Wednesday, January 26, 2005


you are witnessing a miracle akin to raising poor lazarus from the dead. i am in a public space on a laptop, connected to the web, blogging. hold your breath. yes, it is true.

i attended the communality 101 session last night that sherry and maria led. they did a great job. thinking about miracles this morning (remember: public, laptop, connected, blogging), i was struck by the miraculous journey of this community, and any intentional communtiy for that matter. they led through the categories: what we have learned, who we are, and where we are going. we have learned that it will always be harder and uglier than we could expect. But (and this is a big but) somehow, daily, there are things so beautiful that you don't know if you should cry or laugh.

we also talked about being a grounded, missional, intentional community. this is who we are and what we do. i am in mission every day at a locally owned bicycle shop. we are students, activists, artists, compassion workers, social workers, refugee resettlers, faces behind counters, theologians, philosophers, community builders, and pastors. and the amazing thing is that we can be one, or several of those things. we have room for change, for the different seasons of our lives.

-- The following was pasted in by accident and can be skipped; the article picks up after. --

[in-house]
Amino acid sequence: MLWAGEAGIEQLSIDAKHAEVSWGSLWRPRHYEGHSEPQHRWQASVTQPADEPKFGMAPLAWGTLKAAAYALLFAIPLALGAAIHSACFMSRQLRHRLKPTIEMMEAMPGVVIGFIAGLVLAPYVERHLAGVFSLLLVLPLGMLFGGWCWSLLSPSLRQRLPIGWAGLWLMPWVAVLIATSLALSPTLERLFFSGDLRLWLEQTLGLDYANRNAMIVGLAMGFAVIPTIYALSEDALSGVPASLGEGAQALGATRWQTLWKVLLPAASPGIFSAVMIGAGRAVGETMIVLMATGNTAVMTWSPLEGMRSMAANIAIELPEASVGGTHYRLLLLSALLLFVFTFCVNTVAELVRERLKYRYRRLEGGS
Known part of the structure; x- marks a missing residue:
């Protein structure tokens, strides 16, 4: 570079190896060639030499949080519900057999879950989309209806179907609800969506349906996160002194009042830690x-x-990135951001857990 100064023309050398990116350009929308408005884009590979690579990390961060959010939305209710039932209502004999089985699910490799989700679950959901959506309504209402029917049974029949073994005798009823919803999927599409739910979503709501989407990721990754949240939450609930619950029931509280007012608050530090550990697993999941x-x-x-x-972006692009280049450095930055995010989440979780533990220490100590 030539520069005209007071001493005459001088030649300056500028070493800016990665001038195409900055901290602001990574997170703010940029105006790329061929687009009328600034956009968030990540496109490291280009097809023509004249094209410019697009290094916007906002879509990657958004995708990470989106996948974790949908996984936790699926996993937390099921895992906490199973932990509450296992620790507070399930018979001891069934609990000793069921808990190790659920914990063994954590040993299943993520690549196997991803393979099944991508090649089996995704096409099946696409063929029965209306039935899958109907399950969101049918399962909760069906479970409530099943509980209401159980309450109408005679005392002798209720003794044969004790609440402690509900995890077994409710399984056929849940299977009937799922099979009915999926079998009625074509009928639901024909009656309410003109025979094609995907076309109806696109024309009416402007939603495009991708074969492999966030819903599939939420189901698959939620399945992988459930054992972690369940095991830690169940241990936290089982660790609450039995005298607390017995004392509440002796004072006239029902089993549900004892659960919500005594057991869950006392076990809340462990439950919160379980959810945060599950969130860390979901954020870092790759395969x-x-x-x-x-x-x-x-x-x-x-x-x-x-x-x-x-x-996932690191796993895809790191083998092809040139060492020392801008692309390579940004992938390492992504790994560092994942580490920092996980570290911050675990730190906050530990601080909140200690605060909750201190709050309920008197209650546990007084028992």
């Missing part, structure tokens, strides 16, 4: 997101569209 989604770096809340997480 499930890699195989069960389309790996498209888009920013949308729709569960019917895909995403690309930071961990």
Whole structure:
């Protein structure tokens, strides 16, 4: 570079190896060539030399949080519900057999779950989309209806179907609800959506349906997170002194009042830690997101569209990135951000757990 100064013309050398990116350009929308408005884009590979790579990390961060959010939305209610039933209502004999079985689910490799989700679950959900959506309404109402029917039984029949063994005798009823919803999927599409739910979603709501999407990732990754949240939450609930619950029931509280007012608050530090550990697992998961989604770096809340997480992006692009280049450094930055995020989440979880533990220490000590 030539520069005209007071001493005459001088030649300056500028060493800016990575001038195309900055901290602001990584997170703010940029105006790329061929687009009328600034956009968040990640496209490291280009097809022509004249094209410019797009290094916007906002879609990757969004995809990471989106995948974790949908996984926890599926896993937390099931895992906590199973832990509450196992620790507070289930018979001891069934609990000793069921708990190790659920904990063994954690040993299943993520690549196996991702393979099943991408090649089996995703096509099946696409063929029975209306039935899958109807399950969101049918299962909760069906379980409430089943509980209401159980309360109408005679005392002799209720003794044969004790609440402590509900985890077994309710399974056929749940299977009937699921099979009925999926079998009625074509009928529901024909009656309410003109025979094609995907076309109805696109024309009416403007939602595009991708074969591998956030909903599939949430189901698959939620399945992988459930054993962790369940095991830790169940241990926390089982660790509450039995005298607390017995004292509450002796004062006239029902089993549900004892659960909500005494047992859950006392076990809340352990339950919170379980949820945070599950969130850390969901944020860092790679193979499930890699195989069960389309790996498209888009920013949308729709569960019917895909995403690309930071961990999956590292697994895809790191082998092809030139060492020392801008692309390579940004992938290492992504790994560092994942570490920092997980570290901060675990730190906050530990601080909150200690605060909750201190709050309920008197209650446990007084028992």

and, where we are going. well, i don't want to ruin any surprises for those of you who plan to attend saturday. we are going places as a community: physically, spiritually, emotionally(is there a difference?). we are a group of people on a trajectory towards christ, and for that i am thankful.

Tuesday, January 25, 2005

branding the product, naming it and claiming it

Steve has offered the following as a way to navigate the various expressions of the emerging church....
If I were to sketch a range of distinct emergent tribes, I would note...